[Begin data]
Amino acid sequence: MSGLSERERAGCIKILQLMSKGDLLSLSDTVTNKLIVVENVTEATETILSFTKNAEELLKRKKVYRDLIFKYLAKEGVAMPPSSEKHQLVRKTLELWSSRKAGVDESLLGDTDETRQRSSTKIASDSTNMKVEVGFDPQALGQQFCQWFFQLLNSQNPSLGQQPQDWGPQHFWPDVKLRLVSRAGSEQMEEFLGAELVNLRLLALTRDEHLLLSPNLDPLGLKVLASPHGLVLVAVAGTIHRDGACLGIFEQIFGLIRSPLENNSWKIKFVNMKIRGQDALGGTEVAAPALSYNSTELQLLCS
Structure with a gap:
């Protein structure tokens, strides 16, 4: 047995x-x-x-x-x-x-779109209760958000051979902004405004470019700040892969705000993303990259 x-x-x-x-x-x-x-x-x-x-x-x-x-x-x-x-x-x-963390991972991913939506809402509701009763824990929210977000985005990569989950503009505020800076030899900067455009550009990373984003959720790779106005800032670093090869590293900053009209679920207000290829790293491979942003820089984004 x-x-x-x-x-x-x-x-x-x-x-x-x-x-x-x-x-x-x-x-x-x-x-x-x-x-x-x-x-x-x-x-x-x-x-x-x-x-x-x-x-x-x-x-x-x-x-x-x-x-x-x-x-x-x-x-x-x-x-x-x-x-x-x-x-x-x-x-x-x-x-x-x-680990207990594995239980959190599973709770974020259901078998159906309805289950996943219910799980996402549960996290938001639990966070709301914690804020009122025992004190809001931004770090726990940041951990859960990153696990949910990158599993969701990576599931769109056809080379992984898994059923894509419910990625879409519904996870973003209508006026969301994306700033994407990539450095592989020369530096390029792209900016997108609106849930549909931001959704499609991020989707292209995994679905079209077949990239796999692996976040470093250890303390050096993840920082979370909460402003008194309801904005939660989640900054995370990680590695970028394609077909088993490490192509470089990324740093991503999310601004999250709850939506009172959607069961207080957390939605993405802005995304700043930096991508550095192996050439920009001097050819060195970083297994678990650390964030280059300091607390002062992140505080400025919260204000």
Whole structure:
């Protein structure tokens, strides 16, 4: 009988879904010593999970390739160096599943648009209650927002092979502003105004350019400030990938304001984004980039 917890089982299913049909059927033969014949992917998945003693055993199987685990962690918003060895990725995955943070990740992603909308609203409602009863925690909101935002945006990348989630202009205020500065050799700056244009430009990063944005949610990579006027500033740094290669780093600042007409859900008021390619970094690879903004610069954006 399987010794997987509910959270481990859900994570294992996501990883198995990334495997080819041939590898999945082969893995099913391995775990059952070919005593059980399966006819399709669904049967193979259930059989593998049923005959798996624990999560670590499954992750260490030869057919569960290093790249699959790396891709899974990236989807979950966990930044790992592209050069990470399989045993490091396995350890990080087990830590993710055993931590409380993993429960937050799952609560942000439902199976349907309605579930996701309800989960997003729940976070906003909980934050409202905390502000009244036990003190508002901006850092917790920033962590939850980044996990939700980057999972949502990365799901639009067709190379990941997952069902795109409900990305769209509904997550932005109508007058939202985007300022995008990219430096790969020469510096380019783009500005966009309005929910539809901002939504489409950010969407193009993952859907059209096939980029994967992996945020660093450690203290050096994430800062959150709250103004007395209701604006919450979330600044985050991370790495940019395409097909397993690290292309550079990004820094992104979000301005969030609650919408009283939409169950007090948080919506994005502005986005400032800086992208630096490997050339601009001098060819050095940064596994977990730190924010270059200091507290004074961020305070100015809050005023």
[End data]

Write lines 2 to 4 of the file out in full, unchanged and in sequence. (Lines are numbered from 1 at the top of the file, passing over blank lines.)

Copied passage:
Structure with a gap:
């Protein structure tokens, strides 16, 4: 047995x-x-x-x-x-x-779109209760958000051979902004405004470019700040892969705000993303990259 x-x-x-x-x-x-x-x-x-x-x-x-x-x-x-x-x-x-963390991972991913939506809402509701009763824990929210977000985005990569989950503009505020800076030899900067455009550009990373984003959720790779106005800032670093090869590293900053009209679920207000290829790293491979942003820089984004 x-x-x-x-x-x-x-x-x-x-x-x-x-x-x-x-x-x-x-x-x-x-x-x-x-x-x-x-x-x-x-x-x-x-x-x-x-x-x-x-x-x-x-x-x-x-x-x-x-x-x-x-x-x-x-x-x-x-x-x-x-x-x-x-x-x-x-x-x-x-x-x-x-680990207990594995239980959190599973709770974020259901078998159906309805289950996943219910799980996402549960996290938001639990966070709301914690804020009122025992004190809001931004770090726990940041951990859960990153696990949910990158599993969701990576599931769109056809080379992984898994059923894509419910990625879409519904996870973003209508006026969301994306700033994407990539450095592989020369530096390029792209900016997108609106849930549909931001959704499609991020989707292209995994679905079209077949990239796999692996976040470093250890303390050096993840920082979370909460402003008194309801904005939660989640900054995370990680590695970028394609077909088993490490192509470089990324740093991503999310601004999250709850939506009172959607069961207080957390939605993405802005995304700043930096991508550095192996050439920009001097050819060195970083297994678990650390964030280059300091607390002062992140505080400025919260204000």
Whole structure: